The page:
Eggs are experiencing a “rebirth” among many health and nutrition experts due to recent research challenging existing dogmas about nutrition and health, stated Dr. Mitch Kanter, executive director of the Egg Nutrition Center, in a presentation during the Simmering Issues Workshop at the 2012 Midwest Poultry Federation Convention in St. Paul, Minn. Previously considered unhealthy, eggs are now being extolled for their nutrient density, high-quality protein, and relatively low cost in comparison to other protein sources.
Much of this rebirth is being driven by data indicating that egg intake does not promote cardiovascular disease in the majority of the population, according to Kanter. Recent studies are indicating the positive impact of a higher protein diet for modulating serum glucose and insulin levels, both of which can ultimately impact obesity rates and cardiovascular disease risk.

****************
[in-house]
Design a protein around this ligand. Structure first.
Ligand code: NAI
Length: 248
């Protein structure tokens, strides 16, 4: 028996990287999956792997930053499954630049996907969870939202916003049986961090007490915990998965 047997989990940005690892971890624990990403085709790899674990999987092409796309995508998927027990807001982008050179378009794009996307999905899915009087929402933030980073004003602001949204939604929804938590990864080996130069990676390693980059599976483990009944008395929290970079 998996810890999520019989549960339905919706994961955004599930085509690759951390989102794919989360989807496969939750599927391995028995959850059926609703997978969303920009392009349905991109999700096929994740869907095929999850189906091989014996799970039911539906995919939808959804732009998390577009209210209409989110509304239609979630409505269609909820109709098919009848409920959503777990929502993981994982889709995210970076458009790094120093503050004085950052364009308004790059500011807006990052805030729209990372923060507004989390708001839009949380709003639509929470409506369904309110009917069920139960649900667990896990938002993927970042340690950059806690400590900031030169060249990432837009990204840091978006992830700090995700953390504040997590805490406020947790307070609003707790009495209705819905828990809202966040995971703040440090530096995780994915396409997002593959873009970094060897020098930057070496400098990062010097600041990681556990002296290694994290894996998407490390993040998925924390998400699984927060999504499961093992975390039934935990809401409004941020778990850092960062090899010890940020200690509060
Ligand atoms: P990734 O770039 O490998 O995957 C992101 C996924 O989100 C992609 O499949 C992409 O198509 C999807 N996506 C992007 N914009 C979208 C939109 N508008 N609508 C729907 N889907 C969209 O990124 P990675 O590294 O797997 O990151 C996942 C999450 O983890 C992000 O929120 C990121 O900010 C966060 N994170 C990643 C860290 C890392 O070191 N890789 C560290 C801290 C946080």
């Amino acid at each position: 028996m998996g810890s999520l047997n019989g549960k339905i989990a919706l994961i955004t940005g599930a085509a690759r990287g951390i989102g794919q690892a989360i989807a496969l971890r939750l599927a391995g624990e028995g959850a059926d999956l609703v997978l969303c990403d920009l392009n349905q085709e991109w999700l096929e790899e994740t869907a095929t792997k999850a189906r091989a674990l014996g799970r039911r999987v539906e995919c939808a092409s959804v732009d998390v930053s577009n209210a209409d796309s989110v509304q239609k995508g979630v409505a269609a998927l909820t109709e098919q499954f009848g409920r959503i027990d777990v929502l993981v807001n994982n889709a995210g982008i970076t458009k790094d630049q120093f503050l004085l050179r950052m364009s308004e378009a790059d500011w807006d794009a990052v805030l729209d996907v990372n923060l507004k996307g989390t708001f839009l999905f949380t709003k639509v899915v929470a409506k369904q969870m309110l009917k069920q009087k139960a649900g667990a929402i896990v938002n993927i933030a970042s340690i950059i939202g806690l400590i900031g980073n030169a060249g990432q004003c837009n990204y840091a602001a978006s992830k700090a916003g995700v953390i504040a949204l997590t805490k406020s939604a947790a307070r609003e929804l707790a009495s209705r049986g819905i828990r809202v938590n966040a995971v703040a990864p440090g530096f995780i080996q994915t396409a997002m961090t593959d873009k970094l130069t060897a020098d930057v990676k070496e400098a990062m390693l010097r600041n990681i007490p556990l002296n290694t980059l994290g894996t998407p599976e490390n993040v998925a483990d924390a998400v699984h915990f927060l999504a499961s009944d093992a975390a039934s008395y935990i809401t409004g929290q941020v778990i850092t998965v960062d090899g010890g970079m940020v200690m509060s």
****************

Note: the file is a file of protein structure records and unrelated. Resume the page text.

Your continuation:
Further driving this resurgence are studies suggesting that breakfast might be the most important meal of the day for consuming protein. Coupled with data demonstrating that higher protein intakes can increase satiety, enhance muscle tissue growth and re-synthesis, and minimize muscle loss in the elderly, the future for egg consumption in the U.S appears bright.